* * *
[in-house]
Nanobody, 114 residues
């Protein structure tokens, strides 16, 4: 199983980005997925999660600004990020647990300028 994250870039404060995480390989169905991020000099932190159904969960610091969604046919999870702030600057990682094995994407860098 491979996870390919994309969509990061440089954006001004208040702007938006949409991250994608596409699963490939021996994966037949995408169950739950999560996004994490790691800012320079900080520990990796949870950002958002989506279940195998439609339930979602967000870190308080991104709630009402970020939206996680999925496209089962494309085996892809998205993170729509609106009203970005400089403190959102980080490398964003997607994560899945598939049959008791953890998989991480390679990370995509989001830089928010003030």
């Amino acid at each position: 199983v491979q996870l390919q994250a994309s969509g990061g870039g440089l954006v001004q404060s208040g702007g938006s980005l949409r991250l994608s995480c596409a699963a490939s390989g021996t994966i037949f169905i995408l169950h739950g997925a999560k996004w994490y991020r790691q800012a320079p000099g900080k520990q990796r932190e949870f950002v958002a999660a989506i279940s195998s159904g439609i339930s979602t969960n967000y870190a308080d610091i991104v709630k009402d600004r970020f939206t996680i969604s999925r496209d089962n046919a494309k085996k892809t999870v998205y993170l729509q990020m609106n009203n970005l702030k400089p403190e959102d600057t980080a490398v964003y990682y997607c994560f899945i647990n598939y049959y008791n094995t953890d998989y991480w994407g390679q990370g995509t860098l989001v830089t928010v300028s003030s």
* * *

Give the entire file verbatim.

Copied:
[in-house]
Nanobody, 114 residues
């Protein structure tokens, strides 16, 4: 199983980005997925999660600004990020647990300028 994250870039404060995480390989169905991020000099932190159904969960610091969604046919999870702030600057990682094995994407860098 491979996870390919994309969509990061440089954006001004208040702007938006949409991250994608596409699963490939021996994966037949995408169950739950999560996004994490790691800012320079900080520990990796949870950002958002989506279940195998439609339930979602967000870190308080991104709630009402970020939206996680999925496209089962494309085996892809998205993170729509609106009203970005400089403190959102980080490398964003997607994560899945598939049959008791953890998989991480390679990370995509989001830089928010003030």
């Amino acid at each position: 199983v491979q996870l390919q994250a994309s969509g990061g870039g440089l954006v001004q404060s208040g702007g938006s980005l949409r991250l994608s995480c596409a699963a490939s390989g021996t994966i037949f169905i995408l169950h739950g997925a999560k996004w994490y991020r790691q800012a320079p000099g900080k520990q990796r932190e949870f950002v958002a999660a989506i279940s195998s159904g439609i339930s979602t969960n967000y870190a308080d610091i991104v709630k009402d600004r970020f939206t996680i969604s999925r496209d089962n046919a494309k085996k892809t999870v998205y993170l729509q990020m609106n009203n970005l702030k400089p403190e959102d600057t980080a490398v964003y990682y997607c994560f899945i647990n598939y049959y008791n094995t953890d998989y991480w994407g390679q990370g995509t860098l989001v830089t928010v300028s003030s």